As of September 2007, the project was mired in logistical difficulties[26][27], and appears dropped shortly thereafter.

Sports and recreation

Downtown Waukesha is the site of one of the stages of the Tour of America's Dairyland cycling event, which features a criterium race, started in 1993.

Notable people

Sister cities

References

  1. ^ "Find a County". National Association of Counties. http://www.naco.org/Template.cfm?Section=Find_a_County&Template=/cffiles/counties/usamap.cfm. Retrieved 2008-01-31. 
  2. ^ "Best Places to Live". Money. http://money.cnn.com/magazines/moneymag/bplive/2006/top100/index2.html. Retrieved 2007-04-24. 
  3. ^ "The 100 Best Communities for 2007". America's Promise. http://www.americaspromise.org/APAPage.aspx?id=6832. Retrieved 2008-11-13. 
  4. ^ "Land Divisions Within Waukesha County". Sussex-Lisbon Area Historical Society, Inc.. http://www.slahs.org/history/local/historic_places/land_divisions.htm. Retrieved 2007-04-24. 
  5. ^ Town of Prairieville. "NAME CHANGED FROM PRAIRIEVILLE TO WAUKESHA, P. 100, 1847, FEBRUARY 8, 1847" (PDF). Office of the Secretary of State of Wisconsin. http://192.159.83.40/SOS/pdf/THEOSOS_012/images/00007668.pdf. Retrieved 2007-04-08. 
  6. ^ name="slahs-land"
  7. ^ a b Wisconsin Archeological Society, The Wisconsin Archeologist, 1922, p. 71.
  8. ^ Langill, Ellen D. & Jean Penn Loerke, From Farmlands to Freeways: A History of Waukesha County Wisconsin, Waukesha County Historical Society, 1984.
  9. ^ A geographical and topographical description of Wisconsin..., p. 136.
  10. ^ Wendt, Kristine Adams (Spring 1992). "Mary Todd Lincoln: "Great Sorrows" and the Healing Waters of Waukesha". Wisconsin Academy Review. http://digicoll.library.wisc.edu/cgi-bin/WI/WI-idx?type=HTML&rgn=DIV1&byte=465129. Retrieved 2008-10-12. 
  11. ^ Wendt, Kristine Adams (Spring 1992). "Mary Todd Lincoln: "Great Sorrows" and the Healing Waters of Waukesha". Wisconsin Academy Review. pp. 14–19. http://digicoll.library.wisc.edu/cgi-bin/WI/WI-idx?type=HTML&rgn=DIV1&byte=526700. Retrieved 2009-07-20.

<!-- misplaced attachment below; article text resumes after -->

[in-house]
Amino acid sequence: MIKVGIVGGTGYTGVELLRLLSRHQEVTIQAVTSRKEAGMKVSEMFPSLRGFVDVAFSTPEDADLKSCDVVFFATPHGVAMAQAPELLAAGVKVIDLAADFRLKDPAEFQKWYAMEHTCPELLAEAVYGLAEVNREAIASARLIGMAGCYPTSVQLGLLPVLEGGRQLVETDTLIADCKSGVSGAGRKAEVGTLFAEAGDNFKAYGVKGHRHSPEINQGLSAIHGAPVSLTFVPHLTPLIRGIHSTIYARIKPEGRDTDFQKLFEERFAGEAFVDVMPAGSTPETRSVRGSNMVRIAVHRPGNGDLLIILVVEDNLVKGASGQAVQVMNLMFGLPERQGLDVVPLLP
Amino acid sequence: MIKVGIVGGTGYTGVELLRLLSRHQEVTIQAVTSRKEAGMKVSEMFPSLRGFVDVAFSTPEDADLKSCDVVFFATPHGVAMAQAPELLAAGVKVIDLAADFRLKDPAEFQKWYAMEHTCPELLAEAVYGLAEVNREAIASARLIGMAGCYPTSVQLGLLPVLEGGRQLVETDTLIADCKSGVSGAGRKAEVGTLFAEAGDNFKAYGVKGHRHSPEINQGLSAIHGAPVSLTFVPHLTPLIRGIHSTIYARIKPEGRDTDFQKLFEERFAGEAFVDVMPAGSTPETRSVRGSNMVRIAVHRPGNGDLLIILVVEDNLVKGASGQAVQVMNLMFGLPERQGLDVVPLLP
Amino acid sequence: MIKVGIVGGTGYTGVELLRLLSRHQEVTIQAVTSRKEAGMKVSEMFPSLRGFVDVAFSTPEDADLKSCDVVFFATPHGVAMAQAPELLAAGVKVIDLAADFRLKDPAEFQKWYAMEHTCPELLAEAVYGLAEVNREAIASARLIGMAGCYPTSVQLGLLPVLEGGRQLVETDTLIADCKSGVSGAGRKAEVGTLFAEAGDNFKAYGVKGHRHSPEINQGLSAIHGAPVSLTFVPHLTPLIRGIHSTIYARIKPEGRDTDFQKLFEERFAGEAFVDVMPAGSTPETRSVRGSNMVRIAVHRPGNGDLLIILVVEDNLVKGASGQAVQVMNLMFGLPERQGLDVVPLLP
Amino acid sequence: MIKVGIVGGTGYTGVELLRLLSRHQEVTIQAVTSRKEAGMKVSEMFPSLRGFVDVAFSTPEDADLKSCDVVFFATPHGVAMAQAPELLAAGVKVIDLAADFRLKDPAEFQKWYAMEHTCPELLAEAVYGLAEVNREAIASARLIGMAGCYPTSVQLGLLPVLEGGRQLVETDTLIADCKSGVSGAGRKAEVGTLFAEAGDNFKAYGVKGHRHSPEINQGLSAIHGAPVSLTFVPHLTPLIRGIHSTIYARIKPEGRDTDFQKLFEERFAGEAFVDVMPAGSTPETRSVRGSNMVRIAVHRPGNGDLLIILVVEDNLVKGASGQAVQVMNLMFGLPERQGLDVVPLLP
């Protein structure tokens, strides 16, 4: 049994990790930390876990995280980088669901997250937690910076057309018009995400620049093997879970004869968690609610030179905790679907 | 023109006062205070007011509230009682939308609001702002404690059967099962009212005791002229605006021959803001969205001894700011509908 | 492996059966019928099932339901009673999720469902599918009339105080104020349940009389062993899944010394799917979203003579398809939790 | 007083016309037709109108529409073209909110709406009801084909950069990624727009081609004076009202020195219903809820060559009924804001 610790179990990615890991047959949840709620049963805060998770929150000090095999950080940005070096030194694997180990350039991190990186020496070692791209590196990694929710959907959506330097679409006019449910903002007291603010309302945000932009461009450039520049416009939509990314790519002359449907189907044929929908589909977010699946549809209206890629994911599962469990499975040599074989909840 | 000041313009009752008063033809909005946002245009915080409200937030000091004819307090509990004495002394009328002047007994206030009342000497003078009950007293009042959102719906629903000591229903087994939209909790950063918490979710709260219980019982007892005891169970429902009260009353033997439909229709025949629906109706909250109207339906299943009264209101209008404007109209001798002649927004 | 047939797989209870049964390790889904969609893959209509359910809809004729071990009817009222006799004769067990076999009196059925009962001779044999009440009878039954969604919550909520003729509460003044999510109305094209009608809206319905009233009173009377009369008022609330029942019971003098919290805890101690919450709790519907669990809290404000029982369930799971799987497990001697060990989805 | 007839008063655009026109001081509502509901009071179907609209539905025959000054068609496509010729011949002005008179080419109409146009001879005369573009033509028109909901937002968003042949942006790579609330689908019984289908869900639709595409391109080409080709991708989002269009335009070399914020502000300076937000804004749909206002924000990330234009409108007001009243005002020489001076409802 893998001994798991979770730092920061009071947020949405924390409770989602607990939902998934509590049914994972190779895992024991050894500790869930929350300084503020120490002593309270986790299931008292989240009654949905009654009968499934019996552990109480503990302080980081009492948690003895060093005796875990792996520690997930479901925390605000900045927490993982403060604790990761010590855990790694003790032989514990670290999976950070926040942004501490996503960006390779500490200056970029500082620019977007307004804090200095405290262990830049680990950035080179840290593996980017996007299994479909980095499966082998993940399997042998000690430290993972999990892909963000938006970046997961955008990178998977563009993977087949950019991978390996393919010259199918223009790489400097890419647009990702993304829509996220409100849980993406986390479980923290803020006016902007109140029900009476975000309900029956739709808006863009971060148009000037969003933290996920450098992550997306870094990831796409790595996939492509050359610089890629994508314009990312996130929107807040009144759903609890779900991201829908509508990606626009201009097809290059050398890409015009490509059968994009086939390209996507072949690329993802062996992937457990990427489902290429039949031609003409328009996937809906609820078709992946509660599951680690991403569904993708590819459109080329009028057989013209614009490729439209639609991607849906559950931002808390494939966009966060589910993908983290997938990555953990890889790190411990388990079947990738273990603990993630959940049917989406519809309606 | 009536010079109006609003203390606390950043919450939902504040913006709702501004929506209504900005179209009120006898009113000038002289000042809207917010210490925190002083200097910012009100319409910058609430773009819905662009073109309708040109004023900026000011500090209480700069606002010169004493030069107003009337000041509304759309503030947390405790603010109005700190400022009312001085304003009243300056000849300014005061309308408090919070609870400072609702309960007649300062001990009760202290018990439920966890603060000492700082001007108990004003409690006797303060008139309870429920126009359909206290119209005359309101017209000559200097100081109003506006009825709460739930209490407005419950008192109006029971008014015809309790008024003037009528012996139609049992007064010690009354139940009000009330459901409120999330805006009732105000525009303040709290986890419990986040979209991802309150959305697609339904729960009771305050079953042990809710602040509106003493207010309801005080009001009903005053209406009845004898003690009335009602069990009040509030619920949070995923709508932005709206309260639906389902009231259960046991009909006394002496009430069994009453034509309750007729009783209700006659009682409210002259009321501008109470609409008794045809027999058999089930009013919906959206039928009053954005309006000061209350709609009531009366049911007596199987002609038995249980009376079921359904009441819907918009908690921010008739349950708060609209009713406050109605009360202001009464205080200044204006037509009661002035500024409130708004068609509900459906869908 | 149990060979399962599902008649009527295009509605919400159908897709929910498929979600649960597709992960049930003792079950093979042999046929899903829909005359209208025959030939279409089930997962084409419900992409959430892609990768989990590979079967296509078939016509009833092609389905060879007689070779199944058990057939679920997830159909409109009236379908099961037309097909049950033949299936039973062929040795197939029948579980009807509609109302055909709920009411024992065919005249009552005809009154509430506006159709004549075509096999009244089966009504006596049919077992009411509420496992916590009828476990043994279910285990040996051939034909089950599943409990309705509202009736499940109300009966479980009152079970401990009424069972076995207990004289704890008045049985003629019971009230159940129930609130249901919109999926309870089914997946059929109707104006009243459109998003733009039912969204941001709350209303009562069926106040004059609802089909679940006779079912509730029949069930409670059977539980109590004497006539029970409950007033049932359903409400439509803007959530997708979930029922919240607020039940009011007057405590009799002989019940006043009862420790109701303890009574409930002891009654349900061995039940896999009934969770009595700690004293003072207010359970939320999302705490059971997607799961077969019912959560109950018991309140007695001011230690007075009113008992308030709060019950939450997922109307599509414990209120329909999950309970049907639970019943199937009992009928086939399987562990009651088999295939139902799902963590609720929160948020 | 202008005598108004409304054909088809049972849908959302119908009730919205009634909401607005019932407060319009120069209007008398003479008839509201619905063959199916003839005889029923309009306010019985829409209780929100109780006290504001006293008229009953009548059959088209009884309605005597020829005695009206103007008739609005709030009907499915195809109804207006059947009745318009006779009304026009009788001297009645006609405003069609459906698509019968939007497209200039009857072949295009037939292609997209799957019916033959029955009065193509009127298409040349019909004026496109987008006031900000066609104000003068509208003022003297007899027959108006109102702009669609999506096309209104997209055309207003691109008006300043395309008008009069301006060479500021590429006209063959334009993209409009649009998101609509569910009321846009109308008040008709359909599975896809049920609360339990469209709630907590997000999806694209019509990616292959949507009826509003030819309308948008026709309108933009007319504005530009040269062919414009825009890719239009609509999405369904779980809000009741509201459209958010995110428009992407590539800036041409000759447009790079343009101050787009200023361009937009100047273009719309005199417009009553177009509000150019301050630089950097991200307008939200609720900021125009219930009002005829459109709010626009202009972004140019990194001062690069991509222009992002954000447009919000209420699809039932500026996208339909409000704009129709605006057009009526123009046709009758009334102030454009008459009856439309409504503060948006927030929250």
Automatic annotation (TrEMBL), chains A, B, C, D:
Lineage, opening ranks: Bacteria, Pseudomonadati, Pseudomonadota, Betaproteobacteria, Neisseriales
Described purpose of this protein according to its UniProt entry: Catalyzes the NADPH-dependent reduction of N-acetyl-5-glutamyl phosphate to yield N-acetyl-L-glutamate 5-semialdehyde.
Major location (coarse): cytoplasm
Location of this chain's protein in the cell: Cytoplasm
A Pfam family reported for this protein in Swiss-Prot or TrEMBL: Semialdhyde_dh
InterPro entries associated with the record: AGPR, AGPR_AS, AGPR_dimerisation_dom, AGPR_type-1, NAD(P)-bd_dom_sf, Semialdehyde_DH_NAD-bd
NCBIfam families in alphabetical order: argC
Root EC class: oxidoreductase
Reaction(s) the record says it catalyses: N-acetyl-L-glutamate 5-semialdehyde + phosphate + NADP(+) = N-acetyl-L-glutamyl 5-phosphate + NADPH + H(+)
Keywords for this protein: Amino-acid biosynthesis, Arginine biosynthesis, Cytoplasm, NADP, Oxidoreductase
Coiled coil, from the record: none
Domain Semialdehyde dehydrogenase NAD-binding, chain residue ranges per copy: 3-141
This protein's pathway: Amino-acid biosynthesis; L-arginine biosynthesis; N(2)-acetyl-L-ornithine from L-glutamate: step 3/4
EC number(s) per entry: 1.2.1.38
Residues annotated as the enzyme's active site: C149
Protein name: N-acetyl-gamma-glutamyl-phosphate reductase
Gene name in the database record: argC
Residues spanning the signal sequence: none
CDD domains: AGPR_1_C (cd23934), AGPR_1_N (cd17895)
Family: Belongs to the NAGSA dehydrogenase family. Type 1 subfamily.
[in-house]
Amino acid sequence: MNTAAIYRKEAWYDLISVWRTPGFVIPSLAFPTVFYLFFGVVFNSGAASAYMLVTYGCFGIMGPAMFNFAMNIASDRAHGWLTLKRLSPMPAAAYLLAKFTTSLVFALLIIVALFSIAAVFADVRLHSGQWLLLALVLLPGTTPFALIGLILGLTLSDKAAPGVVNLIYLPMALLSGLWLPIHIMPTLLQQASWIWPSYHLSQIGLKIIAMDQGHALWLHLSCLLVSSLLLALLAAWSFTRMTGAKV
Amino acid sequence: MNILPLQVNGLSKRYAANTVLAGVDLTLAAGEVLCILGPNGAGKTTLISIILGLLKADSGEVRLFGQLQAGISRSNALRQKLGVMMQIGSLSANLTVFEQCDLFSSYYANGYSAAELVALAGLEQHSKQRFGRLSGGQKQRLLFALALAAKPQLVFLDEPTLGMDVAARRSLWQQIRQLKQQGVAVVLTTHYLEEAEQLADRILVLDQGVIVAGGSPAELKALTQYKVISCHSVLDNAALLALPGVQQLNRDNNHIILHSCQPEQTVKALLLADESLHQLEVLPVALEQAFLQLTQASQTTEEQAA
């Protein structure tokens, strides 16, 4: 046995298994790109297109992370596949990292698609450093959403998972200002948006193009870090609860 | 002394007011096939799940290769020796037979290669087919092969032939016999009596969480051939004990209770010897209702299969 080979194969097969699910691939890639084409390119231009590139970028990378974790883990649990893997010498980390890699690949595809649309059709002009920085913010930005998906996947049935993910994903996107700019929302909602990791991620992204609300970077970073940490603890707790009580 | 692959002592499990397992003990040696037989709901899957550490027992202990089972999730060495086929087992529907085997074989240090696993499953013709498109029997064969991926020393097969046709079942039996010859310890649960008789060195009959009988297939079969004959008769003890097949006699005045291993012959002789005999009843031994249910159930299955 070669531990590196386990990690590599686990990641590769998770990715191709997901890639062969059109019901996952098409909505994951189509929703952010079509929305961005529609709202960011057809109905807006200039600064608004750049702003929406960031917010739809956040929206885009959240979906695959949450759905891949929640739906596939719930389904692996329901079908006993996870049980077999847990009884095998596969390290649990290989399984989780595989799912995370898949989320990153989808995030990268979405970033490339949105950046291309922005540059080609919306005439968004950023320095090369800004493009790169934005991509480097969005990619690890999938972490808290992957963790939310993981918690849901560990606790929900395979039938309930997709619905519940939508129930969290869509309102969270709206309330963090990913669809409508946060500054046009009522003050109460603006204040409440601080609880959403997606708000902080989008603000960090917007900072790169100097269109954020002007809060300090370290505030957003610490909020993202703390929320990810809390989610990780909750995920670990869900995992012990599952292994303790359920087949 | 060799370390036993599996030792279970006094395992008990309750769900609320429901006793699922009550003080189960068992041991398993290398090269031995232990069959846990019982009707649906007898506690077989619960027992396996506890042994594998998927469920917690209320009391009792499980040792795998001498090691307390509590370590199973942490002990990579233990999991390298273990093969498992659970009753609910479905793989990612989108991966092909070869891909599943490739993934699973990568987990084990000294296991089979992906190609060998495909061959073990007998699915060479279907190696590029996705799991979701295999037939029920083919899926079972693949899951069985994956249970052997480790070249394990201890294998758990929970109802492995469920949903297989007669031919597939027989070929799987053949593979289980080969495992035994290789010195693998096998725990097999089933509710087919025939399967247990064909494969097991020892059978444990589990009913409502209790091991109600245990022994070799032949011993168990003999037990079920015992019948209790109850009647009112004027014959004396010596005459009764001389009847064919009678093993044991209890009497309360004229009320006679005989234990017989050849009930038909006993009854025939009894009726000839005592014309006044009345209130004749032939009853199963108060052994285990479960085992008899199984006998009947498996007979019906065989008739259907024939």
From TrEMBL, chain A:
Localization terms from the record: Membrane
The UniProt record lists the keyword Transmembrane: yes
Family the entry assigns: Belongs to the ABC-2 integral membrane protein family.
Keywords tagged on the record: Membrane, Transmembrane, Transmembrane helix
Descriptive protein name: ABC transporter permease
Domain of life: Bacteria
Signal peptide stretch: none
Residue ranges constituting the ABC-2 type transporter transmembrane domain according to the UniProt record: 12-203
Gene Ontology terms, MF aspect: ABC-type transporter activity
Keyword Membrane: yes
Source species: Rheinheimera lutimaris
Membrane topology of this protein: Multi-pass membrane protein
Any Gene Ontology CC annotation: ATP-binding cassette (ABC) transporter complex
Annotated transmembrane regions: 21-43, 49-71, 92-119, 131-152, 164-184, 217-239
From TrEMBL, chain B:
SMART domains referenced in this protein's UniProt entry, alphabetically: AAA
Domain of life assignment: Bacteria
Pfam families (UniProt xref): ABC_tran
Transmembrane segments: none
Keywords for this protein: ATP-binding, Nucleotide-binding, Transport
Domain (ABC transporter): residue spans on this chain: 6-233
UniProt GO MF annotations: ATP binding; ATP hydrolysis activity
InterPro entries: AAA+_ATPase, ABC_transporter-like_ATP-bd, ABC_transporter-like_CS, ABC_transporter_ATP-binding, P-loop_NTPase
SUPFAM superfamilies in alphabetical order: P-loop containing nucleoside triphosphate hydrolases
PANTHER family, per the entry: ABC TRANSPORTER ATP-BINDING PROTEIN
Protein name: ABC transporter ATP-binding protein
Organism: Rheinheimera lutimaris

12. ^ Larson, Eric, The Devil in the White City, p.139,175-76
  13. ^ "Business: Mixings Mixture?", Time, January 20, 1930
  14. ^ "Richard W. Sears Dies. Founder of Sears, Roebuck & Co. Began Career as Railroad Employee.". New York Times. September 29, 1914. http://query.nytimes.com/gst/abstract.html?res=9F05E1D81638E633A2575AC2A96F9C946596D6CF. Retrieved 2008-10-14. 
  15. ^ "Football’s Forward Pass Turns 100 Years Old". St. Louis University. http://www.slu.edu/readstory/more/7166. Retrieved 2008-10-12. 
  16. ^ Coldwar.org
  17. ^ GM Today, April 6, 2006
  18. ^ "Mayors Against Illegal Guns: Coalition Members". http://www.mayorsagainstillegalguns.org/html/about/members.shtml. 
  19. ^ "Average Weather for Waukesha, WI". Weather.com. http://www.weather.com/outlook/health/allergies/wxclimatology/monthly/USWI0723. Retrieved 2007-04-26. 
  20. ^ "Waukesha city, Wisconsin". American FactFinder. U.S. Census Bureau. http://factfinder.census.gov/servlet/SAFFPopulation?_event=ChangeGeoContext&geo_id=16000US5584250&_geoContext=01000US%7C04000US55%7C16000US5553000&_street=&_county=Waukesha&_cityTown=Waukesha&_state=04000US55&_zip=&_lang=en&_sse=on&ActiveGeoDiv=geoSelect&_useEV=&pctxt=fph&pgsl=010&_submenuId=population_0&ds_name=null&_ci_nbr=null&qr_name=null&reg=null%3Anull&_keyword=&_industry=. Retrieved 2007-04-25. 
  21. ^ Southeastern Wisconsin Regional Planning Commission (July 2004) (PDF). The Population of Southeastern Wisconsin. Technical Report Number 11 (4th Edition). http://www.sewrpc.org/publications/techrep/tr-011_population_southeastern_wisconsin.pdf. Retrieved 2007-04-09. 
  22. ^ "American FactFinder". United States Census Bureau. http://factfinder.census.gov. Retrieved 2008-01-31. 
  23. ^ "Carroll College History". Carroll College. http://www.cc.edu/about/history.asp. Retrieved 2007-04-27. 
  24. ^ "New Tribes Bible Institute". New Tribes Mission. http://www.ntm.org/ntbi/. Retrieved 2007-11-13. 
  25. ^ Esptein, Reid J. "Waukesha could be next city to go Wi-Fi" Milwaukee Journal-Sentinel, February 3, 2006.
  26. ^ Darrel Enriquez and Larry Sandler "Is Wi-Fi a losing strategy?" Milwaukee Journal-Sentinel, September 3, 2007.
  27. ^ Conning Chu "Wi-Fi plans falling short, official says" Milwaukee Journal-Sentinel, June 22, 2007.